“Mourning After” (Harley Quinn #33 Comic Review)
Written by: Amanda Conner and Jimmy Palmiotti
Art by: Bret Blevins, Otto Schmidt, and Moritat
Colors by: Alex Sinclair and Otto Schmidt
Cover by: Amanda Conner and Dave Johnson (Variant Cover: Frank Cho and Sabine Rich)
Synopsis: In the aftermath of Mason Macabre’s death and Harley’s and her friend’s vengeance against Mayor DePerto, they all find a way to go about their lives after the funeral.
What You’ll Need To Know: Mayor DePerto a corrupt politician (surprise, surprise) and Harley Quinn have always had it out for each other. He has tried to have her killed multiple times, but that multiplied when she tried going up against him in a race! DePerto and his right-hand Madison Berkowitz have gone through many efforts to get her to drop, including hiring Scarecrow to give her a terrible fright. His last effort, was definitely his dirtiest. DePerto and his goons had held Mason, the new love of Harley and son of Madame Macabre, hostage so Harley would drop out of the race. However, since he hated Harley so much he wanted to make her suffer so killed Mason to spite her.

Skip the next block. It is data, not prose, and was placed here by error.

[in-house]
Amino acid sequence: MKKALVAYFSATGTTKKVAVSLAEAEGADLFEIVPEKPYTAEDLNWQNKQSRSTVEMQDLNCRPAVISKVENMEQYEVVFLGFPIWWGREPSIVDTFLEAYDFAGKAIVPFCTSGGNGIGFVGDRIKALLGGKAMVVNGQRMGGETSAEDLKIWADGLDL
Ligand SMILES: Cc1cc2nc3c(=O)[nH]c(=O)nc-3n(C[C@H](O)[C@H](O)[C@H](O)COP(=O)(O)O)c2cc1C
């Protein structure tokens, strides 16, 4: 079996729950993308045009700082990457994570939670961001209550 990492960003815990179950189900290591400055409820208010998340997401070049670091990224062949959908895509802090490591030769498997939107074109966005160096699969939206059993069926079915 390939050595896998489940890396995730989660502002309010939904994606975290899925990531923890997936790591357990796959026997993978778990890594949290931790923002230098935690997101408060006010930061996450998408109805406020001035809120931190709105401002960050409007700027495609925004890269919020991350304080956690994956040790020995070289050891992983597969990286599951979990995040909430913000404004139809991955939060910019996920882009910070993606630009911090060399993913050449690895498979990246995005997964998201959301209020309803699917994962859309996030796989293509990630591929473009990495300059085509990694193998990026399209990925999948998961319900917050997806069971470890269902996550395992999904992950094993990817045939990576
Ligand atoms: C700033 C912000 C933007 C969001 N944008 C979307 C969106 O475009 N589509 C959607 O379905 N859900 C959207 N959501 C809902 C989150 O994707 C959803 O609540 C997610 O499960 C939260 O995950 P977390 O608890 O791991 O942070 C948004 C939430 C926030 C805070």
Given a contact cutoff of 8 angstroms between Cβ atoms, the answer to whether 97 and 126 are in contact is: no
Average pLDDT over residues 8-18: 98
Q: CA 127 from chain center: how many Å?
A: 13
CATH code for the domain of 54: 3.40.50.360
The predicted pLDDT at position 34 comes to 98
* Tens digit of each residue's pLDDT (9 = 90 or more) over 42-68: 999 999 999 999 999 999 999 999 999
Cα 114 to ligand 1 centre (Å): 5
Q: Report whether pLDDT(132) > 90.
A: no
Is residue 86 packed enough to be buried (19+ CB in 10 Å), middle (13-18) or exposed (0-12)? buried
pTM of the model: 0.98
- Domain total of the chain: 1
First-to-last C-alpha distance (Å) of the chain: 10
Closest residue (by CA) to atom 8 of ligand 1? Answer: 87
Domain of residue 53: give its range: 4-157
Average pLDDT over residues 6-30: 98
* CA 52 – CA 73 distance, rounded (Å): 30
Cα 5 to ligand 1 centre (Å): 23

In This Issue: It’s kind of a cluster. It starts out at Mason’s funeral where Harley and the gang pay their respects. It has a very melancholy tone in the beginning, one in which that does not fit with the cover oddly enough. Harley is mourning a partner who had cared for her and she had a promising future with, A potential mother-in-law, Madame Macabre, mourns the death of her son. One that is already close to Harley. A hurricane is a good add for the background, it does more to set the tone. The last issue was more gritty, and this one had potential to be like that as well. Madame talks about her future and how she just needs to get away, which is a real life struggle any person in mourning goes through. You really feel for the lady. The issue takes an odd turn which I think is weird for any comic. Especially since it had multiple artists which isn’t necessarily a bad thing, but that’s can be overwhelming and it feels like a whole other issue. She ends up at a roller derby game now? Where she is beat by an opponent because she’s so hot it’s distracting? We could have saved at least 6 pages of irrelevant content. Since Amanda Conner and Jimmy Palmiotti are leaving now, it does feel like just an easy way to have their way out. I’m sure writing a character as complex and popular as Harley can be overwhelming. The ending steers towards new beginnings which I liked but it could have been built up more.